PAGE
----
As someone who has cultivated indoor cannabis and harvested outdoor cannabis, I think knowing the difference between the two is critical.
”Cannabis is just cannabis,” well not exactly.
The natural method allows for the plant to grow and thrive without the harsh chemicals many indoor growers use.
Because you are manipulating the growth of a plant that has been outdoors for literally thousands of years, most indoor growers (dispensaries included) don’t have the patience, wherewithal, or knowledge of how to grow the plant without chemically-based nutrients, pesticides, and so on.
If you know an individual who grows cannabis sustainably, even if it costs more, please continue to support them.
Indoor Growing Is About Control
First, it’s important to point out that cannabis can’t be grown outdoors just anywhere. In a weed-heavy state like California, the moist north, with its forests and gullies, is quite hospitable to an outdoor cannabis growing season, while its arid south is a hub of indoor cultivation.
Robert Masterson, a cultivator at A Golden State, told us that standardized methodology is their motivation for growing indoors. “Cannabis grown indoors can be given the perfect amount of light per square foot and unique spectrums of different lighting sources to maximize terpenes and potency,” he said. “Not all indoor cultivators can completely control their environment, but when done correctly they can achieve the highest genetic potential of specific cultivars.“
This means that by using data and technology, cultivators can fine-tune every element of the process for each strain in pursuit of the holy trinity: higher yields, higher potency, and bespoke sensory qualities. For some consumers, this is precisely the type of cannabis experience they are seeking.
While myths about “today’s” THC contents being higher than ever have been circulating since the mid-2010’s, that push has been consumer-driven, not tech-driven. In 2015 The Atlantic reported the “shift toward high potency has arguably more to do with contemporary market forces than with a younger generation of marijuana enthusiasts.”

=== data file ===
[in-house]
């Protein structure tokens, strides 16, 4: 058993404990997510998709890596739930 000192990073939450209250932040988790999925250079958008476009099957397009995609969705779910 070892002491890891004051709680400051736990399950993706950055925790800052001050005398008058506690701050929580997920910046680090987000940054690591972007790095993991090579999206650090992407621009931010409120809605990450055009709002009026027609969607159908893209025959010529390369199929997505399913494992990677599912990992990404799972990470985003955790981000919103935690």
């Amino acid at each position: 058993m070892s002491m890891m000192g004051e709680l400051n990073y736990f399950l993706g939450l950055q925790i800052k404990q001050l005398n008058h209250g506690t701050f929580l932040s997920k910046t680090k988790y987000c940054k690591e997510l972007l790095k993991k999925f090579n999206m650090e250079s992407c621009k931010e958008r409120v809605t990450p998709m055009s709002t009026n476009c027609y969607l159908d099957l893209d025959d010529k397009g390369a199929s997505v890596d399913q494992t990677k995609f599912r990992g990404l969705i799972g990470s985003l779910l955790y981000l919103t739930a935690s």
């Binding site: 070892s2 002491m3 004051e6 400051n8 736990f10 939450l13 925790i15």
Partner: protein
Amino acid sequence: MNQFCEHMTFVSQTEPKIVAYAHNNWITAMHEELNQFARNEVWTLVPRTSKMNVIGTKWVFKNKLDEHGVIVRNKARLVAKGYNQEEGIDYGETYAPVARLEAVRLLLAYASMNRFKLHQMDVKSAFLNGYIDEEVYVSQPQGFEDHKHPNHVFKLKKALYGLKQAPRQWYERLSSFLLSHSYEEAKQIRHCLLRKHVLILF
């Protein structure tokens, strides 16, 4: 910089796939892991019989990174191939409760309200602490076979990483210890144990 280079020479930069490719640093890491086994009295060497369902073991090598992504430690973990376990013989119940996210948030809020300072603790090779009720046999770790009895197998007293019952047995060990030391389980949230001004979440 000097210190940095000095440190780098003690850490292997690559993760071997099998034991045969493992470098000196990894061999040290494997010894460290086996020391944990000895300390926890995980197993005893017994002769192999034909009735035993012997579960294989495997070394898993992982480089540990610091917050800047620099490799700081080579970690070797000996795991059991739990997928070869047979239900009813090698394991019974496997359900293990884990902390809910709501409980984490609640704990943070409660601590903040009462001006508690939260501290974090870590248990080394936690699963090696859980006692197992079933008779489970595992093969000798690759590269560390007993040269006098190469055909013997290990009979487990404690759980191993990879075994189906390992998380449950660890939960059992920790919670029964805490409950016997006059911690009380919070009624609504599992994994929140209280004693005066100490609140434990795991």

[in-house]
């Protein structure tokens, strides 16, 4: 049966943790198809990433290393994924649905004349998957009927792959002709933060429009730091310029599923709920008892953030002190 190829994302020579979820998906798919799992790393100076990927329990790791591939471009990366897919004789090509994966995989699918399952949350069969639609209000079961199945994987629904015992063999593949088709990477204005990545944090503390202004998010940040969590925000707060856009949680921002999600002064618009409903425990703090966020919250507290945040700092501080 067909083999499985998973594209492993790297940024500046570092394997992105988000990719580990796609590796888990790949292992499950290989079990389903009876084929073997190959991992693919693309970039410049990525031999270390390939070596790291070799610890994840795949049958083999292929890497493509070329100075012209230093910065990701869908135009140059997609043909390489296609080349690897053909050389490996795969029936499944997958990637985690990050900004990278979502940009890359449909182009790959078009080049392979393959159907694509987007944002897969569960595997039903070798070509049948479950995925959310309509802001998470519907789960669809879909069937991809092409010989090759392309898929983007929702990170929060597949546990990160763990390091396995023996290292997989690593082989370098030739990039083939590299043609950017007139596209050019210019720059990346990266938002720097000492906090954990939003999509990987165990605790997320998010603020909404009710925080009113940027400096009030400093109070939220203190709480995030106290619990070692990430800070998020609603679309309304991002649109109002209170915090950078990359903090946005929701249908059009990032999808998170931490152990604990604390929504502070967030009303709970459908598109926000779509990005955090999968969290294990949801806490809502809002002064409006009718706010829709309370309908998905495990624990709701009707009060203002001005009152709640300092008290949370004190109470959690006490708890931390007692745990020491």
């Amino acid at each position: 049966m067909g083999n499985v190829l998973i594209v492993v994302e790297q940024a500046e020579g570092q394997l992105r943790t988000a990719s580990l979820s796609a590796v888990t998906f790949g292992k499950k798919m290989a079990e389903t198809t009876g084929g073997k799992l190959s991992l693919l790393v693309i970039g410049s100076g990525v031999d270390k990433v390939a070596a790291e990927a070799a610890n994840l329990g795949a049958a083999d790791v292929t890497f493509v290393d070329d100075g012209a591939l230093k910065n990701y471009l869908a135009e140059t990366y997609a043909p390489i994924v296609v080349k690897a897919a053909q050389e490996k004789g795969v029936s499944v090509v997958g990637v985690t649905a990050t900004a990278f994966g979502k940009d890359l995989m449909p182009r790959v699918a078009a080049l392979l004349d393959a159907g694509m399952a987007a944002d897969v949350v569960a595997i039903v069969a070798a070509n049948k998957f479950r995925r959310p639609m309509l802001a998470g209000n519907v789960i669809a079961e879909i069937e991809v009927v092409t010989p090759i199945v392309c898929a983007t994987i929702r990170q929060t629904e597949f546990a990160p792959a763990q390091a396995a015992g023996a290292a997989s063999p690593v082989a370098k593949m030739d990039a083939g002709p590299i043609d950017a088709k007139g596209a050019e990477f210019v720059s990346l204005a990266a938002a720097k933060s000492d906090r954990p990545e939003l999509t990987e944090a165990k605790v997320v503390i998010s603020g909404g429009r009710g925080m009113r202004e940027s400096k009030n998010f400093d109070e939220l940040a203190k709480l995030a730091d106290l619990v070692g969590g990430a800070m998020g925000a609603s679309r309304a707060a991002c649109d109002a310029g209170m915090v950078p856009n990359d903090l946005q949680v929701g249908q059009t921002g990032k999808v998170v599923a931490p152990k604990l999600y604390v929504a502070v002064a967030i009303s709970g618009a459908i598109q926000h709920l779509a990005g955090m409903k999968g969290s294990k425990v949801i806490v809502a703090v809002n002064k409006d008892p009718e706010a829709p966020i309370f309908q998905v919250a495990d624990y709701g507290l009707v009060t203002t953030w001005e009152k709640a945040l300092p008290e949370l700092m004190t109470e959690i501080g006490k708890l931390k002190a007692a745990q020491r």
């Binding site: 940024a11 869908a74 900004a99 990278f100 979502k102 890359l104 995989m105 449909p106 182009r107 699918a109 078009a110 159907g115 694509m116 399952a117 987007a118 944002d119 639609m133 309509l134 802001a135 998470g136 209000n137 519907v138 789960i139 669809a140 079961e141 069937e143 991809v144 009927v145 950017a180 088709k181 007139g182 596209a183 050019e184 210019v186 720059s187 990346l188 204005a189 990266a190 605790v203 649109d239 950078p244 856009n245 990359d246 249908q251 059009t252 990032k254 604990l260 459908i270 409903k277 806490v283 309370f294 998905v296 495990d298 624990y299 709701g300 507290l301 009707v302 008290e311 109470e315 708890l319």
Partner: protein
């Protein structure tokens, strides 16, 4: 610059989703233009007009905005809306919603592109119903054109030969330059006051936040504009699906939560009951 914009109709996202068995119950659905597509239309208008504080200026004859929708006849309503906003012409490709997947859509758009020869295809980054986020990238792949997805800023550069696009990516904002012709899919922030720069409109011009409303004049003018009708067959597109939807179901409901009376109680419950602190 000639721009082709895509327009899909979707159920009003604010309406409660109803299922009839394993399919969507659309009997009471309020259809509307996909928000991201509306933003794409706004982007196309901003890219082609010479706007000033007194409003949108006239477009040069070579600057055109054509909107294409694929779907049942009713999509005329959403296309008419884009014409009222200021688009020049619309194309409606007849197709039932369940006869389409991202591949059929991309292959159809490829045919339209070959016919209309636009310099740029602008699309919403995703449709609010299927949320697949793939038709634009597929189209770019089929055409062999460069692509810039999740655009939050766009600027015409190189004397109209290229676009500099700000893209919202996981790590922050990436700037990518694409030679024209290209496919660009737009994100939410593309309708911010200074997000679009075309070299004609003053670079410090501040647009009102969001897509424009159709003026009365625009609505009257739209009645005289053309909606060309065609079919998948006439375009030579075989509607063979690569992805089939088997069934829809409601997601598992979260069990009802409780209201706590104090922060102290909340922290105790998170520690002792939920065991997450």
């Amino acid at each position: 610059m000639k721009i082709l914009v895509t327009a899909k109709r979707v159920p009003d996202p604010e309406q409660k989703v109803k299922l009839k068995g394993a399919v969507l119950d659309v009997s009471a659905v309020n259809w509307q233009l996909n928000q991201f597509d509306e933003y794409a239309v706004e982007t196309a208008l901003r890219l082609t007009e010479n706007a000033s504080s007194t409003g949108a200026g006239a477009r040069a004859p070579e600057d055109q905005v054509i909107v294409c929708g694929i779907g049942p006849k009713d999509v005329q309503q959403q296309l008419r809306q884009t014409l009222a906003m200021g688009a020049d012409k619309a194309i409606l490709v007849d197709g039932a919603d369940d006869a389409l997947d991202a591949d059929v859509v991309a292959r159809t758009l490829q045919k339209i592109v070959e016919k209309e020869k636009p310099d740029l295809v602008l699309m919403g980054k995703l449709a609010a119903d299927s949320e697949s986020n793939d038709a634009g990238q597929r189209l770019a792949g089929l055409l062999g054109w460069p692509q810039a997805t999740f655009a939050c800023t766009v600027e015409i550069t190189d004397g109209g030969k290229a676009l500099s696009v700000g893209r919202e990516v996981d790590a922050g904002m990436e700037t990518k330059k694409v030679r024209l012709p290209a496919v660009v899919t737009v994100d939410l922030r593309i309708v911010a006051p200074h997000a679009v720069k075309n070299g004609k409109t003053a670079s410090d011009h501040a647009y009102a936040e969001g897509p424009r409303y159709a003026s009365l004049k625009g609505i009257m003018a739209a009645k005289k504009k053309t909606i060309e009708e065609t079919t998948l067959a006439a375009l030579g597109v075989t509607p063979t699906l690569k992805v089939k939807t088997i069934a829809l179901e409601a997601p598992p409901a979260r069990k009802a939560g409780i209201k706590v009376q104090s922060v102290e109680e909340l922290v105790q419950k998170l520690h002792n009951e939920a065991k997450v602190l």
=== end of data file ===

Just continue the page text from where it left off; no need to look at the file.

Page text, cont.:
Flavor and strong THC content are not only driven by indoor cultivation but they are ensured by more consistent growing conditions. As Masterson told us, however, “not all indoor cannabis is grown equally. Make sure you choose a brand that truly understands what they are doing. It costs more to produce cannabis in a controlled environment. Prices at a retail store generally reflect that.”
Outdoor Can Be Quality Too
The corporatization of cannabis costs the ecosystem a lot, regardless of the cultivation method. While growers like A Golden State and Wonderbrett put effort into sourcing sustainable utilities and lowering their impact, while many indoor growers just use as much plastic, electricity, water, fertilizer and resources as they think they need to get the highest yields and THC possible.
That’s why Raeven Duckett Robinson, Co-founder of Community Gardens in Oakland, California is on #teamoutdoor. “It’s like [the] Twizzler versus Red Vine debate. I support outdoor because it’s more affordable—and weed should be grown outdoors anyways; indoor gets over-hyped and it’s bad for the environment.”
She told us, “based on the regulations and the way we need to package, keep records and receipts for a legal cannabis operation, there’s a lot of waste created, especially in terms of packaging. The amount of energy indoor wastes unnecessarily adds to the environmental footprint of the entire industry. The amount of energy it takes to grow the plant [indoors] is significant, and I believe it’s inefficient and unnecessary because they can grow outside with light from the sun.”
Sam Ludwig is in alignment with Robinson’s thinking—that nature makes the best weed. “Indoor products will always look sexier with a denser structure and more visible trichomes on the exterior but indoor typically provides a shallow high and reduced medicinal properties,” he said. “The plant has been growing in nature under the sun, moon and stars for millennia, not indoors in a windowless room [lit by] LEDs.”
Along with Aster Farms CEO Julia Jacobson, Ludwig’s wife and resident dirt scholar, they designed an outdoor operation a little differently: “At Aster we grow in-ground in live soil filled with bugs, fungi, and bacteria breaking down organic matter to feed the plants. We feed the soil because the soil feeds the plants. It’s just a different approach from top to bottom, and we believe it produces a superior product with superior effects.”
Article Compilation By K. Crystal Carter
– K. Crystal Carter is a cryptocurrency and blockchain enthusiast who is originally from Oakland, California. She has 7.5 years of experience in the financial industry, and 6 years of being a cannabis hydroponics grow director and cannabis advocate at local City Hall meetings. She currently resides in Las Vegas as one of the lead Earthy Realist team members.
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